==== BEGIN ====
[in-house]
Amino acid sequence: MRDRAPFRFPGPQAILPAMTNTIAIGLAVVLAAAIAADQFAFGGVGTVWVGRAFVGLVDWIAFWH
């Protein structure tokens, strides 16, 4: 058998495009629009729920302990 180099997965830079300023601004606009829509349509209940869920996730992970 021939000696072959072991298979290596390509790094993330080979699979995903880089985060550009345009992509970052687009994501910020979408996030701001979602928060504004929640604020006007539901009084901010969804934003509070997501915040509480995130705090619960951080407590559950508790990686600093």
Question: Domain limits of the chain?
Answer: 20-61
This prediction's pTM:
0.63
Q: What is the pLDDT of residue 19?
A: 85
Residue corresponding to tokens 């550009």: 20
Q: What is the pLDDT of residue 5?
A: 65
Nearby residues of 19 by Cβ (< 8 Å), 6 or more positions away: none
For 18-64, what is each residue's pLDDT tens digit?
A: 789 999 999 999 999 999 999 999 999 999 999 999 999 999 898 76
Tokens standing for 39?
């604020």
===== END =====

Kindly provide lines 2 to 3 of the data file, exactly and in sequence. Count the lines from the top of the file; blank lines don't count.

Amino acid sequence: MRDRAPFRFPGPQAILPAMTNTIAIGLAVVLAAAIAADQFAFGGVGTVWVGRAFVGLVDWIAFWH
């Protein structure tokens, strides 16, 4: 058998495009629009729920302990 180099997965830079300023601004606009829509349509209940869920996730992970 021939000696072959072991298979290596390509790094993330080979699979995903880089985060550009345009992509970052687009994501910020979408996030701001979602928060504004929640604020006007539901009084901010969804934003509070997501915040509480995130705090619960951080407590559950508790990686600093």